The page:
Sabiia Seb
PortuguêsEspañolEnglish
Embrapa
        Busca avançada

Botão Atualizar


Botão Atualizar

Ordenar por: RelevânciaAutorTítuloAnoImprime registros no formato resumido
Registros recuperados: 3
Primeira ... 1 ... Última
Imagem não selecionada

Imprime registro no formato completo
Homing in green turtles Chelonia mydas: oceanic currents act as a constraint rather than as an information source ArchiMer
Girard, Charlotte; Sudre, Joël; Benhamou, Simon; Roos, David; Luschi, Paolo.
As open sea navigators, green turtles Chelonia mydas have to deal with oceanic currents. These currents may have a mechanical influence, forcing turtles away from their desired course, but they may also provide information to navigating turtles by bringing chemical cues down-current from their target area. In the present paper, we have introduced new path analysis methods, coupling remote-sensing oceanographic data and satellite-tracking data in order to test these hypotheses. These methods were exemplified on the homing routes of 3 green turtles nesting on Europa, an isolated island in the southern part of Mozambique Channel. The turtles, displaced by ship east-southeast from Europa, returned to their nesting island in 13 to 59 d, following long,...
Tipo: Text Palavras-chave: Sea turtle; Satellite telemetry; Oceanography; Navigation; Homing; Current drift.
Ano: 2006 URL: http://archimer.ifremer.fr/doc/2006/publication-1984.pdf
Imagem não selecionada

Imprime registro no formato completo
Marine turtles use geomagnetic cues during open-sea homing ArchiMer
Luschi, Paolo; Benhamou, Simon; Girard, Charlotte; Ciccione, Stéphane; Roos, David; Sudre, Joël; Benvenuti, Silvano.
Marine turtles are renowned long-distance navigators, able to reach remote targets in the oceanic environment; yet the sensory cues and navigational mechanisms they employ remain unclear [1-3]. Recent arena experiments indicated an involvement of magnetic cues in juvenile turtles' homing ability after simulated displacements [4, 5], but the actual role of geomagnetic information in guiding turtles navigating in their natural environment has remained beyond the reach of experimental investigations. In the present experiment, twenty satellite-tracked green turtles (Chelonia mydas) were transported to four open-sea release sites 100-120 km from their nesting beach on Mayotte island in the Mozambique Channel; 13 of them had magnets attached to their head [6]...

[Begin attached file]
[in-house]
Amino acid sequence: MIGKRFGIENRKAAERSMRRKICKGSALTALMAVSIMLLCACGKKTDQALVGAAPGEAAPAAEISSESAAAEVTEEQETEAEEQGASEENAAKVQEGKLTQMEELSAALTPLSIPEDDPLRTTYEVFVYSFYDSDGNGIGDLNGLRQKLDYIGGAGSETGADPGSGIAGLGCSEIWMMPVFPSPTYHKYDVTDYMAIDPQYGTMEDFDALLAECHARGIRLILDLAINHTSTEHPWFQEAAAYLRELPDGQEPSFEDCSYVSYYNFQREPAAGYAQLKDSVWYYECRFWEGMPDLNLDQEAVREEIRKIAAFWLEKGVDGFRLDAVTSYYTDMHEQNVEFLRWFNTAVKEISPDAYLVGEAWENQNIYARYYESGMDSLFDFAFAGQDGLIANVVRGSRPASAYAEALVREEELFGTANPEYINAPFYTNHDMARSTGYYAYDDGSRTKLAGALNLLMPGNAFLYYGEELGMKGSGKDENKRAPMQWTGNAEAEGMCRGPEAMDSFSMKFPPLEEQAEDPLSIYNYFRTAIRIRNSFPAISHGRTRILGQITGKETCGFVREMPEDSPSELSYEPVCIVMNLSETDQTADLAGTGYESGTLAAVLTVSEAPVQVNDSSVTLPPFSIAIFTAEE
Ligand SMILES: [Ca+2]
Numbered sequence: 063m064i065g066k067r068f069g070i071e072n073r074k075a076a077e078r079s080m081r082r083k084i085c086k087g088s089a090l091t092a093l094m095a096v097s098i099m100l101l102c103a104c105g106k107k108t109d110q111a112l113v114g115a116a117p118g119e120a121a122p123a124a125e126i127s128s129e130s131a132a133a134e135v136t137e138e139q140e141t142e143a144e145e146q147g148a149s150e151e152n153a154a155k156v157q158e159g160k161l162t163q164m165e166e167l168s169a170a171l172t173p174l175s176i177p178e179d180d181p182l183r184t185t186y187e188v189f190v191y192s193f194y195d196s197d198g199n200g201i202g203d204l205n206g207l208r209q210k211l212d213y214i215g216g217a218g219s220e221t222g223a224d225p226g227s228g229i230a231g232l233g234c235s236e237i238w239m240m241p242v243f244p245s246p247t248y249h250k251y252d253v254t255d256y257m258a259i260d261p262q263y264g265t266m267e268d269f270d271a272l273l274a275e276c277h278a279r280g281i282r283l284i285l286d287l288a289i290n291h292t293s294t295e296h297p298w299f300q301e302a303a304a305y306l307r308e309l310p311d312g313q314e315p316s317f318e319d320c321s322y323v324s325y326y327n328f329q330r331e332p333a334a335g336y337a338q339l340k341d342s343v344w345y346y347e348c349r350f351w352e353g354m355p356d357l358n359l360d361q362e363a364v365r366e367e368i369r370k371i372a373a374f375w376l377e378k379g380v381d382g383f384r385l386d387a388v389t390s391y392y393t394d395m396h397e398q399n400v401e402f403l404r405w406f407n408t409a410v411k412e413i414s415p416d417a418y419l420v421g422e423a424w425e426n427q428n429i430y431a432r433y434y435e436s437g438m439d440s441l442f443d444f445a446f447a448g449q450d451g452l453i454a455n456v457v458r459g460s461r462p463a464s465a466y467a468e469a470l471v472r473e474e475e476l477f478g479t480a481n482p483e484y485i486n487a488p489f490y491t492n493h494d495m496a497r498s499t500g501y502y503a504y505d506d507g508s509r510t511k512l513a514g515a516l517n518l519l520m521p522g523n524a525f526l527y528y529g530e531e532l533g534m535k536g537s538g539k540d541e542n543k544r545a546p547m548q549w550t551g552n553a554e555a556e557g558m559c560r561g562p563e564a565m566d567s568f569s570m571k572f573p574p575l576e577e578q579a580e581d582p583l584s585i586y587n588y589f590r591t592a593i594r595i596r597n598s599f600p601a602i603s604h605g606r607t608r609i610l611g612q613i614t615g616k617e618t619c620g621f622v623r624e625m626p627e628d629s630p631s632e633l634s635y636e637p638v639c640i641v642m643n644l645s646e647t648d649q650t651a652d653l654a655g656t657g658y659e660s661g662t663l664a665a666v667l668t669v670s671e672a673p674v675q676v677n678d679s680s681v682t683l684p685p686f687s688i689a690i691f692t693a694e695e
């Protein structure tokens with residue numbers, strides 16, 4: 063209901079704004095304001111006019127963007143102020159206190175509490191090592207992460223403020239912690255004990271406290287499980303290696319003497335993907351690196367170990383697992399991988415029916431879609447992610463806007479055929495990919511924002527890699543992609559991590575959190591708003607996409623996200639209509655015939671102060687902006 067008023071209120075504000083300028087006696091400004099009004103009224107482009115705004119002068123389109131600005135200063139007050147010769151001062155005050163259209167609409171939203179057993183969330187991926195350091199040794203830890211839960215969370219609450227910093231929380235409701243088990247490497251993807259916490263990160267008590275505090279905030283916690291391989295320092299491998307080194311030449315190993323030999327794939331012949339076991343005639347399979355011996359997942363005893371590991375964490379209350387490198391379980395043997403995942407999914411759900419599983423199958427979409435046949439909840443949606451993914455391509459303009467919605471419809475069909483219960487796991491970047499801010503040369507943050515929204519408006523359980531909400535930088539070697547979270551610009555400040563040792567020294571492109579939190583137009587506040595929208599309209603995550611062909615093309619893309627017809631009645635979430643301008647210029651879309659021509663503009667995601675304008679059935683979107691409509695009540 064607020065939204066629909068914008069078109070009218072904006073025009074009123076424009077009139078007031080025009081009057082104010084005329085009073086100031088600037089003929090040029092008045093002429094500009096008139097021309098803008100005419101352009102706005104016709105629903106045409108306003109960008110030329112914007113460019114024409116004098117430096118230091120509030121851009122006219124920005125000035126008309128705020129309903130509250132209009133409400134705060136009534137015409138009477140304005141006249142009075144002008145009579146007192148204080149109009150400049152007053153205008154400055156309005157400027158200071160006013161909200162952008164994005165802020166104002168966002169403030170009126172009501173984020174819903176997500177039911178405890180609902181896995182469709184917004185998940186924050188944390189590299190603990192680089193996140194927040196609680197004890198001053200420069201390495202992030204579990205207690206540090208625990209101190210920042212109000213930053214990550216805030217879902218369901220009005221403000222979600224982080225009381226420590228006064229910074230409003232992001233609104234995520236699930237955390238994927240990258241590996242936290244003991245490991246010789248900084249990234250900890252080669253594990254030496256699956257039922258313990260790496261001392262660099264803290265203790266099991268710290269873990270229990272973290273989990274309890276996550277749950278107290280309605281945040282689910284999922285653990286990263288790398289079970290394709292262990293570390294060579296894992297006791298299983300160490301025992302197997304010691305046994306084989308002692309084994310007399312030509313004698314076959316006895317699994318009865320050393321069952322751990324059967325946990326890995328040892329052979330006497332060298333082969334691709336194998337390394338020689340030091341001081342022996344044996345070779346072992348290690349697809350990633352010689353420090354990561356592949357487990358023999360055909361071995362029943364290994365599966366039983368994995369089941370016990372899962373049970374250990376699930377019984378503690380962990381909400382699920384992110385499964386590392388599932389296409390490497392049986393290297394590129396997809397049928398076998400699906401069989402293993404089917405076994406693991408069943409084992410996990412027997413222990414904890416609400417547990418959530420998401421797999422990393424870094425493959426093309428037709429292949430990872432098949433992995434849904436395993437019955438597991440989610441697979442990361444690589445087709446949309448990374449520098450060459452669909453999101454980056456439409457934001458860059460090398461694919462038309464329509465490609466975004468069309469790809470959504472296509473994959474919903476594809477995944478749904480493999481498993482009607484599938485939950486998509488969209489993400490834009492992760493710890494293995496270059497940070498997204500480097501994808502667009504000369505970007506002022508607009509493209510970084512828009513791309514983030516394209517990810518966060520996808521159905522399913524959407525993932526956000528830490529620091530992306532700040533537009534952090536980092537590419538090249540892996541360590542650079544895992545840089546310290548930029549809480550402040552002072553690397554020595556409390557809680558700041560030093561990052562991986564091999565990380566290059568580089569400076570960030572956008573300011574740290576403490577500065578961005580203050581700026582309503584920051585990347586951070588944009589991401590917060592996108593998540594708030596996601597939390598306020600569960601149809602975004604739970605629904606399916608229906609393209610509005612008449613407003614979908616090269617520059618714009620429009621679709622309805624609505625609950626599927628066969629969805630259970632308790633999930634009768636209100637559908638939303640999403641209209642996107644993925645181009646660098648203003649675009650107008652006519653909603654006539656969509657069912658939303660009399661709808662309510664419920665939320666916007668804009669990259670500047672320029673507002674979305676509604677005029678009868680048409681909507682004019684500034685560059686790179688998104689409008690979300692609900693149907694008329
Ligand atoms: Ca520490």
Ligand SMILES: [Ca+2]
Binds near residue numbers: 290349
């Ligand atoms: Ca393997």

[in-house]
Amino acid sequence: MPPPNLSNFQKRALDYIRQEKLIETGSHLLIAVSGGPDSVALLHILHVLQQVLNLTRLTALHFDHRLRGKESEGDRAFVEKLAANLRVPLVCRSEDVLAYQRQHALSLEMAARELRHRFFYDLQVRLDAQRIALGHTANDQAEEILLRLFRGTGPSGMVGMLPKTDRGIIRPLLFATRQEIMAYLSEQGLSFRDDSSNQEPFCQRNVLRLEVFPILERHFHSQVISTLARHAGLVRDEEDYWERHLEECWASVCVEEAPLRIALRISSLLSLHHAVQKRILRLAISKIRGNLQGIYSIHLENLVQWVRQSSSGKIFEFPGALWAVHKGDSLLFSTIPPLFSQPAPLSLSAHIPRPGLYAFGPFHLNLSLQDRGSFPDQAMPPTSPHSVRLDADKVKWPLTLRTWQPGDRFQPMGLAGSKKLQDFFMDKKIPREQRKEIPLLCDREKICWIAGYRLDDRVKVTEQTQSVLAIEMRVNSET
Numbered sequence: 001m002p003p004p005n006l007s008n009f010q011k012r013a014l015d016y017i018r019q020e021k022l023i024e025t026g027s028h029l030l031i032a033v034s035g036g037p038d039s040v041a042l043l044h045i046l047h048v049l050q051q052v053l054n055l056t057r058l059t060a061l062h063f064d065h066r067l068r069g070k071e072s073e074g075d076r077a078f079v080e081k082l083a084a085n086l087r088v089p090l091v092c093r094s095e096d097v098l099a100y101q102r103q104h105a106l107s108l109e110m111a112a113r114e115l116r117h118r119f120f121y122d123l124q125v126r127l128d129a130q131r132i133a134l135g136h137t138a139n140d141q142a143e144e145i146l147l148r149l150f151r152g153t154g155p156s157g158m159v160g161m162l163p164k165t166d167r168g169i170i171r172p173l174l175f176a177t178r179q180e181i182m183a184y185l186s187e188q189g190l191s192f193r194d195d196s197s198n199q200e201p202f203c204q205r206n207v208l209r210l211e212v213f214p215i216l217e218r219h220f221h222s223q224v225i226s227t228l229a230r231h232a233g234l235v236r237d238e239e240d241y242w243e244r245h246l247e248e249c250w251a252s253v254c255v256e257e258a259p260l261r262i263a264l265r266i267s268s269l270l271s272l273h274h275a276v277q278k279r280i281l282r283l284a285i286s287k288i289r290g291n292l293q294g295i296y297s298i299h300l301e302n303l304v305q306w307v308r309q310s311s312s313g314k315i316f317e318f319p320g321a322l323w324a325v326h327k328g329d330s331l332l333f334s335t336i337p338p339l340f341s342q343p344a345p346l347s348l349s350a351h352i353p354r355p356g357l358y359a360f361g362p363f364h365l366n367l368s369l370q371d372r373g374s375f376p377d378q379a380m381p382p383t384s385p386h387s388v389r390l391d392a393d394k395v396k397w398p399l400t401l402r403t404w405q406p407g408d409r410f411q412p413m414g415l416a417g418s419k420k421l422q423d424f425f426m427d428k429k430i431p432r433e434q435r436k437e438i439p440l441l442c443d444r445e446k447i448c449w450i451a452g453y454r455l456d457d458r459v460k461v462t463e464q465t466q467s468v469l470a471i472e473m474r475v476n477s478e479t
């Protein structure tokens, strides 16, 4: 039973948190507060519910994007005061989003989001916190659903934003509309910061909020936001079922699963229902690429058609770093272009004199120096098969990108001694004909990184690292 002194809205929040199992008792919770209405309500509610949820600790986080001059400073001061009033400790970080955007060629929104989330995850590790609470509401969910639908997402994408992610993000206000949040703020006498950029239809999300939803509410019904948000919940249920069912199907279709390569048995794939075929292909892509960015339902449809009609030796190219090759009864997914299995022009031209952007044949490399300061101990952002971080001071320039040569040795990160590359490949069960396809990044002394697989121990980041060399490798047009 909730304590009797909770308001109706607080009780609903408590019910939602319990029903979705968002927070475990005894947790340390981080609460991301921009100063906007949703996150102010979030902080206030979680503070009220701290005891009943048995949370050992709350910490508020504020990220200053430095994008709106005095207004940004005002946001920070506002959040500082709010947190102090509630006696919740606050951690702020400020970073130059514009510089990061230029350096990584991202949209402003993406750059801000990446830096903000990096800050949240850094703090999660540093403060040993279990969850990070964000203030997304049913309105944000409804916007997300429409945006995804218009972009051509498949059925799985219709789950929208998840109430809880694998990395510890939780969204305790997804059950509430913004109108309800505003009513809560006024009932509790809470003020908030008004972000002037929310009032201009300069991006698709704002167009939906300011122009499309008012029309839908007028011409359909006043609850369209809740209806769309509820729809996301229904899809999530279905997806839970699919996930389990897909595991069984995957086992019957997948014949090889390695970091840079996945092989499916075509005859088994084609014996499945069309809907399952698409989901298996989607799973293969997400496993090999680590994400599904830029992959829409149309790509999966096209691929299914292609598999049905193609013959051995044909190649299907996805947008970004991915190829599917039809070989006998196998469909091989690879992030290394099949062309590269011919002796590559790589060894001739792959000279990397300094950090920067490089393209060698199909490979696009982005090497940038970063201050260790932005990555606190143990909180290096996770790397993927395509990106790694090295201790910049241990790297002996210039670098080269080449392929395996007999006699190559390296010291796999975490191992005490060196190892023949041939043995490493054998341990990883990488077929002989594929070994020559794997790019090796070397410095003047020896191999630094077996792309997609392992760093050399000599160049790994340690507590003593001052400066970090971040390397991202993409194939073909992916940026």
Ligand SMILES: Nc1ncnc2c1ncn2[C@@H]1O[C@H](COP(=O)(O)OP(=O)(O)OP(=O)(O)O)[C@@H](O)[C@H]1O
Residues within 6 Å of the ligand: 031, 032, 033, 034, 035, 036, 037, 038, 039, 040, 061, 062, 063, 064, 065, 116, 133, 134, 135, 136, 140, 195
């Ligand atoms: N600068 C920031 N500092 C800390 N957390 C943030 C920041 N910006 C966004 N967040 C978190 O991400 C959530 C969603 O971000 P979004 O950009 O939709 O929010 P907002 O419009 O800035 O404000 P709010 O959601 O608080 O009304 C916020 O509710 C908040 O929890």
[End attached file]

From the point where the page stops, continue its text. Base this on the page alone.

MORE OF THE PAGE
Tipo: Text
Ano: 2007 URL: http://archimer.ifremer.fr/doc/2007/publication-2407.pdf
Imagem não selecionada

Imprime registro no formato completo
The Role of Geomagnetic Cues in Green Turtle Open Sea Navigation ArchiMer
Benhamou, Simon; Sudre, Joël; Bourjea, Jerome; Ciccione, Stephane; De Santis, Angelo; Luschi, Paolo.
Background: Laboratory and field experiments have provided evidence that sea turtles use geomagnetic cues to navigate in the open sea. For instance, green turtles (Chelonia mydas) displaced 100 km away from their nesting site were impaired in returning home when carrying a strong magnet glued on the head. However, the actual role of geomagnetic cues remains unclear, since magnetically treated green turtles can perform large scale (.2000 km) post-nesting migrations no differently from controls. Methodology/Principal Findings: In the present homing experiment, 24 green turtles were displaced 200 km away from their nesting site on an oceanic island, and tracked, for the first time in this type of experiment, with Global Positioning System (GPS), which is able...
Tipo: Text
Ano: 2011 URL: http://archimer.ifremer.fr/doc/00048/15958/13390.pdf
Registros recuperados: 3
Primeira ... 1 ... Última
 

Empresa Brasileira de Pesquisa Agropecuária - Embrapa
Todos os direitos reservados, conforme Lei n° 9.610
Política de Privacidade
Área restrita

Embrapa
Parque Estação Biológica - PqEB s/n°
Brasília, DF - Brasil - CEP 70770-901
Fone: (61) 3448-4433 - Fax: (61) 3448-4890 / 3448-4891 SAC: https://www.embrapa.br/fale-conosco

Valid HTML 4.01 Transitional